The need that CalFresh addresses is providing finances for people with low-income who meet federal eligibility, adding to their budget for groceries. Although people in Sonoma County who receive food assistance come from all backgrounds, as a homeless navigator with Catholic Charities Diocese of Santa Rosa, the population that I primarily serve are those experiencing homelessness. The cost of living in Sonoma County is high, making it extremely challenging for those experiencing homelessness to afford a place to rent. Therefore, the financial support that CalFresh provides helps such people to buy food.
I met a client in April 2022 at the hospital’s Emergency Department. He’d been living in his truck and was picked up for public intoxication. I discovered that he had MediCal, but no income or food stamps; so, I asked if he’d like to apply for CalFresh and General Assistance. He turned down cash aid but showed interest for obtaining an EBT card. I asked him what he’d been doing for money, and he told me that he’d been panhandling to buy what he needed, adding that drinking helped him to keep warm. In addressing his homelessness, I offered to enroll him in Coordinated Entry for shelter opportunities and to assist him apply for CalFresh. He was receptive to both, and as a result, not only was he accepted to Catholic Charities’ medical respite from the ED, after staying there for 3 weeks, he was admitted to a 6-month shelter stay. I was able to confirm via CalWIN that his approval date for CalFresh began on the day that I had helped him with the application. I saw him again in September at the hospital. He apologized for having “fallen off of the wagon;” so, I assured him that as a homeless navigator, I understand that recovery is a gradual process, and that it’s my responsibility to consistently offer options and services that will meet his needs and to promote success. I confirmed that his bunk at the shelter was available for him to return after discharge. Securing a bunk at shelters can oftentimes be a barrier to my work because the spread of COVID has caused frequent pauses for admission, making it challenging to locate a place for people to sleep indoors. I was happy to hear that he wanted to apply for cash aid; so, I pulled out a GA application and completed it with him. Fortunately, unlike many of the people that I assist, he has a cell phone and a place to get mail. After work, I took his application to the drop box at the County office. Also, I was able to complete the CalFresh SAR7 that had come due for him.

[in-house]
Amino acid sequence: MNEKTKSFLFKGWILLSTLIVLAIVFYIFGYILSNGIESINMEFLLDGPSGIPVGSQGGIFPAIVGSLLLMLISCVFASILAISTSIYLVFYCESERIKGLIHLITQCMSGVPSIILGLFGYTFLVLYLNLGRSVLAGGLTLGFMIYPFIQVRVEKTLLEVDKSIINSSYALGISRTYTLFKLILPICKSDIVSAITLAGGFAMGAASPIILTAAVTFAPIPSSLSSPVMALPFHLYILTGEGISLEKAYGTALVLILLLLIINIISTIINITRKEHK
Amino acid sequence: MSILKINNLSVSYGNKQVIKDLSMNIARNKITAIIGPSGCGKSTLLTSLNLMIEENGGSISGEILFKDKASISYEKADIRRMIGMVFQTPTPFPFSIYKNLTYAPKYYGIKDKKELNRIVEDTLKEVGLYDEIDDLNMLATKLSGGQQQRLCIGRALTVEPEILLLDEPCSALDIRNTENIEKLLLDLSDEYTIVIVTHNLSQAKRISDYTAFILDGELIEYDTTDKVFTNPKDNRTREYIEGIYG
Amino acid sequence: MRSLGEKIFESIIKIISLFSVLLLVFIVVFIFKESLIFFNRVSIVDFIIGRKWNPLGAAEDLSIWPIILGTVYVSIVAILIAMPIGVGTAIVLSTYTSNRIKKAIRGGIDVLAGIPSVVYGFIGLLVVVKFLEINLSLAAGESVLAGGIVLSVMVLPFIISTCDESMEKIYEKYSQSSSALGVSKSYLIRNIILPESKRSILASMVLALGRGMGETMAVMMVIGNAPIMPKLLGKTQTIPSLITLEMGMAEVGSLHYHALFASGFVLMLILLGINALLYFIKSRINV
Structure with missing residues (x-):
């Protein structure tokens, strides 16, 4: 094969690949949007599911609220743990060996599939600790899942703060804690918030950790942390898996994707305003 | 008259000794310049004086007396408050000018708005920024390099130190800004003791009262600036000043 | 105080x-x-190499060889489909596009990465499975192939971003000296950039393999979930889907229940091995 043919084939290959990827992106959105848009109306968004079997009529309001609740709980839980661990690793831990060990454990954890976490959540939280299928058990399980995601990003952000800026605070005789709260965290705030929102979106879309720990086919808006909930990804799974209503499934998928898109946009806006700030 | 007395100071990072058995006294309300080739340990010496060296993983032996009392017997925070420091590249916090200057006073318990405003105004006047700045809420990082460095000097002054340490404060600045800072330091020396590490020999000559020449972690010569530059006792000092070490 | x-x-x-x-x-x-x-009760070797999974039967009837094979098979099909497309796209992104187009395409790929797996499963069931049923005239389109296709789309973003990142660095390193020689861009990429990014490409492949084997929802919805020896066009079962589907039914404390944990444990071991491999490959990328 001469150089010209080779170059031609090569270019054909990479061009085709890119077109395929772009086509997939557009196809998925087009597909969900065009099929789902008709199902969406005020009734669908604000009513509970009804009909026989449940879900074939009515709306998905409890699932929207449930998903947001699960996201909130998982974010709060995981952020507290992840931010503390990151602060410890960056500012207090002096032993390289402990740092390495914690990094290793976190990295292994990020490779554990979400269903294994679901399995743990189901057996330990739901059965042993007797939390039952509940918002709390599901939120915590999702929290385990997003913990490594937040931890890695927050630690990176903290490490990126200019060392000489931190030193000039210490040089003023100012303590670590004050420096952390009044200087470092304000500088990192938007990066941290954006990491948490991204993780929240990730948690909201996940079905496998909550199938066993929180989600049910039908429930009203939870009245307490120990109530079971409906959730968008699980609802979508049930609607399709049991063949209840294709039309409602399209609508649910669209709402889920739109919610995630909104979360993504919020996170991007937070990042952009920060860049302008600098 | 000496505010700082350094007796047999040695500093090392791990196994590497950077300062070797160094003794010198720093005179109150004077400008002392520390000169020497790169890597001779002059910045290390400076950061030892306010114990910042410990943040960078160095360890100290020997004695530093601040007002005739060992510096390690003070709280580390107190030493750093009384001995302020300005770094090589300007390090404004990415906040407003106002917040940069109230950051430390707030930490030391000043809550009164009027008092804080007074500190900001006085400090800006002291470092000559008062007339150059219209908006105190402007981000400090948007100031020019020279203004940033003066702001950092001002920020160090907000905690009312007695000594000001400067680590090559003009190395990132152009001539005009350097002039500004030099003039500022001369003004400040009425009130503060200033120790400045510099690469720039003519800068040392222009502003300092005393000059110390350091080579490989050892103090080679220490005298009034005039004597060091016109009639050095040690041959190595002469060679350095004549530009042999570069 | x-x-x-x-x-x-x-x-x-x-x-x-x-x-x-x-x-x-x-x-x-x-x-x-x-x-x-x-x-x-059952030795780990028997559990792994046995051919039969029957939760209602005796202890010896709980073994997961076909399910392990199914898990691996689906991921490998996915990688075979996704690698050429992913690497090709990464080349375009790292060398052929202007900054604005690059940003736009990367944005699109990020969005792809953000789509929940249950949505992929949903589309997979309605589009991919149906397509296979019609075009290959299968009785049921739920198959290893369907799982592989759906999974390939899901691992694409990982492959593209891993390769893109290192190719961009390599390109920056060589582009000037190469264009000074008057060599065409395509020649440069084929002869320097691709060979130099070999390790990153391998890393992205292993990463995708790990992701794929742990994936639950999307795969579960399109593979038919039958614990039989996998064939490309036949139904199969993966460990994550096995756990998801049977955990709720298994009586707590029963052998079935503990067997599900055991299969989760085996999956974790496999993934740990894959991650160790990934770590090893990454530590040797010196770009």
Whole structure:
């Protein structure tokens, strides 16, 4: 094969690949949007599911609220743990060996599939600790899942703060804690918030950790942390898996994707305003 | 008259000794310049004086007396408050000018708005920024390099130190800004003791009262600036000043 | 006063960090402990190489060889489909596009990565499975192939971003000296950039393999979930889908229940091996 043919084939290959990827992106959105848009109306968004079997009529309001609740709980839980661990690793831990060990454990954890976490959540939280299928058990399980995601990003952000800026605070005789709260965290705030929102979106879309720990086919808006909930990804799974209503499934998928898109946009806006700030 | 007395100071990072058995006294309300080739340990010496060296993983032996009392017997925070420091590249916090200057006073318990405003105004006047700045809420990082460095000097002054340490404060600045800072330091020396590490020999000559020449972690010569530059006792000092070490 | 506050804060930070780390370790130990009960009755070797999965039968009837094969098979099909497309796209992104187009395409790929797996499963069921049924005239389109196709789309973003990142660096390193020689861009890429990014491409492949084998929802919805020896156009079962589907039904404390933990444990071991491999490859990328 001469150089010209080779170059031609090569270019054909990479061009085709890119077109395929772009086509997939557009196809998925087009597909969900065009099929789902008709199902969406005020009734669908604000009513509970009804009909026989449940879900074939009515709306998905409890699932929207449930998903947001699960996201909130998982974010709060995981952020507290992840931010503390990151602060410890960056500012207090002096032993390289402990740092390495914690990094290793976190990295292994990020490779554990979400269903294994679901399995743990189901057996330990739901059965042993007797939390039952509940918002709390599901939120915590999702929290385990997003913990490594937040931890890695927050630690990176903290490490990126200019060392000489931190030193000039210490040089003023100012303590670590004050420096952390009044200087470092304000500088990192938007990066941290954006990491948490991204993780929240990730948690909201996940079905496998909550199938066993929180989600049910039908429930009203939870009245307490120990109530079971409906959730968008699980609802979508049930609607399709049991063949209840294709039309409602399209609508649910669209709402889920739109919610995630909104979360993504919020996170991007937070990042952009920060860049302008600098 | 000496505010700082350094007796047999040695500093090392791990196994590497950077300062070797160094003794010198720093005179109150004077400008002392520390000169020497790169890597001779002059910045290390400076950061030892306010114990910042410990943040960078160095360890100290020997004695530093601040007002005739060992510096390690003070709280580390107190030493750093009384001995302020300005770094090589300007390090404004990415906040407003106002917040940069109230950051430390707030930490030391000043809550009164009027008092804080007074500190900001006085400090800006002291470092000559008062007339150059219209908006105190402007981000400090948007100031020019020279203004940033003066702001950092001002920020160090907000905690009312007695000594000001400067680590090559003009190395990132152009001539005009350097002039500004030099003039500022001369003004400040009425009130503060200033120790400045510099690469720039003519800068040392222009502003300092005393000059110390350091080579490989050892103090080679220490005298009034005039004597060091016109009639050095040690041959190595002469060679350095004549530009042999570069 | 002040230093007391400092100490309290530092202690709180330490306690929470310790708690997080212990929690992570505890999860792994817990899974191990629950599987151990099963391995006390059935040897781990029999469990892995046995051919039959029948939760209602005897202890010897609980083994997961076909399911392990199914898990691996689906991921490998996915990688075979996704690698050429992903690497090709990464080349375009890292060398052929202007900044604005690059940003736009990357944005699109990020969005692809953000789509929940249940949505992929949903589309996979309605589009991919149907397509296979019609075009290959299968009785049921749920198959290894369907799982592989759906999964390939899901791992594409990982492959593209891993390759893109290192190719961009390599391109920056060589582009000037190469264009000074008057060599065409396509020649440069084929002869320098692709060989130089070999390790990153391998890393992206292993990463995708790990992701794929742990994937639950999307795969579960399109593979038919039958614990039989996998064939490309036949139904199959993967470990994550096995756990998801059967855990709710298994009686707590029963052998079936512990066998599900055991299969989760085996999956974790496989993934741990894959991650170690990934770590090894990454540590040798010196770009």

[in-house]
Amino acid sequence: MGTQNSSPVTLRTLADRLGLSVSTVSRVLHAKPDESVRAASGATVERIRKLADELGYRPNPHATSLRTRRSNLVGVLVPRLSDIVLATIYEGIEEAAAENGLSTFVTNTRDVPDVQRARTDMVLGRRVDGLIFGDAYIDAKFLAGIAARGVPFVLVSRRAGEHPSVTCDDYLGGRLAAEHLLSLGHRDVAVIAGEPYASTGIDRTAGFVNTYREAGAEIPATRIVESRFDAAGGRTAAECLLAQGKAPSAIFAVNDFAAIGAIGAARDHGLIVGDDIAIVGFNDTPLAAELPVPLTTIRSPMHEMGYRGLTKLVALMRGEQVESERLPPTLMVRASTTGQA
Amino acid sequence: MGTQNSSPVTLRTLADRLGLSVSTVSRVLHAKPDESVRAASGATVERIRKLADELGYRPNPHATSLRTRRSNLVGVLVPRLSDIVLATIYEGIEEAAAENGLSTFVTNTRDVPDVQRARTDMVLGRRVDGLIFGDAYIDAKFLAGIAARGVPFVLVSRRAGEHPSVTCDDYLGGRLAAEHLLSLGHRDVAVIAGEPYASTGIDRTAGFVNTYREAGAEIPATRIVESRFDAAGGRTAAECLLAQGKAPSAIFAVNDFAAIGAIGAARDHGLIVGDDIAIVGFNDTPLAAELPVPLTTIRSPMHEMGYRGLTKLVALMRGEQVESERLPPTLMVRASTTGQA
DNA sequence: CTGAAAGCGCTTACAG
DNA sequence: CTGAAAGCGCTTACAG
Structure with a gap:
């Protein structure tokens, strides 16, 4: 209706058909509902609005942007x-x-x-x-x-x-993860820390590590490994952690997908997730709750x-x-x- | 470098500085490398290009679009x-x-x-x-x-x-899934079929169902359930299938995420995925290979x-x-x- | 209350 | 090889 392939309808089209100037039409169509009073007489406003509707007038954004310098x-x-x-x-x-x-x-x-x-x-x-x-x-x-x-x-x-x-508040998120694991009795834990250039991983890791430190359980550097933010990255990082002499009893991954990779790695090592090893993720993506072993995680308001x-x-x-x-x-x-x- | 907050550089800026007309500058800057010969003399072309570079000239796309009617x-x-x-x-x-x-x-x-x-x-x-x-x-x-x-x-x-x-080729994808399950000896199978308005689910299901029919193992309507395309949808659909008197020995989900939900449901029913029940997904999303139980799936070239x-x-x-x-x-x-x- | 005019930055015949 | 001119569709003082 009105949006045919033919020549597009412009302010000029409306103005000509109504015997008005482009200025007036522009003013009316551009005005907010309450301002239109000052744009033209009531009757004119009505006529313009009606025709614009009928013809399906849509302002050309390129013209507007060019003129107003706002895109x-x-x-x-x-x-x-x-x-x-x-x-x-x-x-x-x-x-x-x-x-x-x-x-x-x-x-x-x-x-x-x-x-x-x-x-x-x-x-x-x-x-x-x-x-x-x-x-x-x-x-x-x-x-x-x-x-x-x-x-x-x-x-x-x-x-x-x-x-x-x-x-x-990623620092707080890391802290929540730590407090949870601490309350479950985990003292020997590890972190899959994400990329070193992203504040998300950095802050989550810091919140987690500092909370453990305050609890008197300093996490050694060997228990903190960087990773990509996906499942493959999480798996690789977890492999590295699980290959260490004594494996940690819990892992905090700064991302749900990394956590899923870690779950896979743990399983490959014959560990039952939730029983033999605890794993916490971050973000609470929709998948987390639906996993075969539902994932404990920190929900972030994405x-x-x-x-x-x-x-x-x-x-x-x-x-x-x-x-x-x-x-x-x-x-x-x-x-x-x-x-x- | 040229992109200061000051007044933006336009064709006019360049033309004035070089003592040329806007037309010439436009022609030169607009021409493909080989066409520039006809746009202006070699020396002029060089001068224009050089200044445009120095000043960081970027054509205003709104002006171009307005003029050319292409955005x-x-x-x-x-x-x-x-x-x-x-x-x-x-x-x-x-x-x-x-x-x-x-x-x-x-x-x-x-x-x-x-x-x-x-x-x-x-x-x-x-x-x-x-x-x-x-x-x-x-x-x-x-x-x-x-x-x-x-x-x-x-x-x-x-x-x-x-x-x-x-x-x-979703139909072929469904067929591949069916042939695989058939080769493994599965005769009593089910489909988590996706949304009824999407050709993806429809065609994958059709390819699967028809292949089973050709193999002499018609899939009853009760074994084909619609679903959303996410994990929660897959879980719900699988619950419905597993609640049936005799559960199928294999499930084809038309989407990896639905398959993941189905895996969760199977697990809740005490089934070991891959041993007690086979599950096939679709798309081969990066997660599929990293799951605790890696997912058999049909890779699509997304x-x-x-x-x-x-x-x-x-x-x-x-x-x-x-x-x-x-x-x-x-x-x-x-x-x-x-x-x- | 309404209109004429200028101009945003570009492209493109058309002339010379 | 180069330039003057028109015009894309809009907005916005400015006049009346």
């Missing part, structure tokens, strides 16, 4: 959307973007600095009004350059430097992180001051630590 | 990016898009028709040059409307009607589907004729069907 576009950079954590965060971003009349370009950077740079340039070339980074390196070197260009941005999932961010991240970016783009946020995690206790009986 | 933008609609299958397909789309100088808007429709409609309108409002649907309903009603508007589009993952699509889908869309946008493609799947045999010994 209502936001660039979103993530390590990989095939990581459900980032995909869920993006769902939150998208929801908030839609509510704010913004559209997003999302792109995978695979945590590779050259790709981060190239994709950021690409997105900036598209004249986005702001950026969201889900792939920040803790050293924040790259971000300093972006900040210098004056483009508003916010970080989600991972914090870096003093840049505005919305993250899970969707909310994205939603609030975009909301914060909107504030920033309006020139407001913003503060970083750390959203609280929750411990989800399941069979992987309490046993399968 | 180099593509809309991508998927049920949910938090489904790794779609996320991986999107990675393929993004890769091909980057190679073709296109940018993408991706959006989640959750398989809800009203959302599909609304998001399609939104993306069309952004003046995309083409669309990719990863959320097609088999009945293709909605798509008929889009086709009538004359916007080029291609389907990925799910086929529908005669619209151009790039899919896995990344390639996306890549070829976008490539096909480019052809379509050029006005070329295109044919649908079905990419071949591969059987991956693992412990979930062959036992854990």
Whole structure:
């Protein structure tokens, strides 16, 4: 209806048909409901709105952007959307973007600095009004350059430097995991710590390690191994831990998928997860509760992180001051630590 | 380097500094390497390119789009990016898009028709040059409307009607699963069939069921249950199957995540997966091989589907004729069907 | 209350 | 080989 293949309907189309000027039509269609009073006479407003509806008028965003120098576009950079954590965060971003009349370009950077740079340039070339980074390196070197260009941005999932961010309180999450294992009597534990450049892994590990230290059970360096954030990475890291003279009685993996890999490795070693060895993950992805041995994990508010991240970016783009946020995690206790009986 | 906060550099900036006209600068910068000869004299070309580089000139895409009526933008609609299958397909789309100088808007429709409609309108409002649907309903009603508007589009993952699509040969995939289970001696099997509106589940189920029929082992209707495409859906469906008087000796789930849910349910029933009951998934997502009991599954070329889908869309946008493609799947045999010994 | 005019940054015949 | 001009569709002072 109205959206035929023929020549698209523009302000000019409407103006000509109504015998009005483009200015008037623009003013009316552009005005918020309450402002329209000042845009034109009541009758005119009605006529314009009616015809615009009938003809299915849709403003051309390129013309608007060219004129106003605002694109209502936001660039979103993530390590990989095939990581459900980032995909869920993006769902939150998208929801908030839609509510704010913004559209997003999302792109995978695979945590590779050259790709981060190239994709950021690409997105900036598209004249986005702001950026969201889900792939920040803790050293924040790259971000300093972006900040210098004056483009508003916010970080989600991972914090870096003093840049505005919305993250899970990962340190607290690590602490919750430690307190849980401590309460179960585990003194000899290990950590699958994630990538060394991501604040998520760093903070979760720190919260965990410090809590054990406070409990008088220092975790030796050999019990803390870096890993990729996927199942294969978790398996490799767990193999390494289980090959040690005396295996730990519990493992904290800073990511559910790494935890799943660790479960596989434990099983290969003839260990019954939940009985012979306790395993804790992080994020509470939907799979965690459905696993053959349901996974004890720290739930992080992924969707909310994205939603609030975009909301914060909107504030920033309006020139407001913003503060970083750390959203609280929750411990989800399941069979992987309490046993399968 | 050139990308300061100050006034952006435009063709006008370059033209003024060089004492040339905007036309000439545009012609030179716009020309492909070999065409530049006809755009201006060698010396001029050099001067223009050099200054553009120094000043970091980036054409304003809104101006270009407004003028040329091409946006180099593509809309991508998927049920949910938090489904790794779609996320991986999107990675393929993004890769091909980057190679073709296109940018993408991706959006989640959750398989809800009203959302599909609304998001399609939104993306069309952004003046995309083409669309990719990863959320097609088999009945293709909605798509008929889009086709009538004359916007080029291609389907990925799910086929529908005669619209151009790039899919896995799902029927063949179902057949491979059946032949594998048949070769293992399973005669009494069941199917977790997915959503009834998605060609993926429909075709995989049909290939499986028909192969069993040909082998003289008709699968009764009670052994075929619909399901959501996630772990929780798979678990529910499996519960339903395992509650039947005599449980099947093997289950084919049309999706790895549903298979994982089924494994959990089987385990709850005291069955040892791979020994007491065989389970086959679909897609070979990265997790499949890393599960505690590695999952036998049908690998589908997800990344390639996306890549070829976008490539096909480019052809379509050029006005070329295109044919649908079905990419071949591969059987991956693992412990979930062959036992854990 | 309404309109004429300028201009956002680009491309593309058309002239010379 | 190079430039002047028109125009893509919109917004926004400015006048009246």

As a service provider, the most important aspect of the job is cultivating trust with people experiencing homelessness. I believe that if people cannot trust me while they’re at their worst, they won’t trust me when they’re doing better. This philosophy makes the work successful. And my job isn’t done in isolation; it takes working with others to effectively meet the needs of those financially challenged and experiencing homelessness. Although meeting with somebody who has been admitted to the hospital isn’t generally under the best of circumstances, in this case, the client benefitted from completing his SAR7 and applying for GA with me. The online ease of completing the required applications for CalFresh helps me connect people to services as soon as possible, without the barrier of having to reschedule a meeting in the future, which, unfortunately, with the population that I serve often proves unfruitful. I reminded the participant that I’m only a phone call away and that I’m here to support his future success. I’m grateful for programs like CalFresh because without such financial support, people’s money problems for obtaining healthy food would be even more dismal. I’m also happy that I can help such people connect to human services that give them help and hope.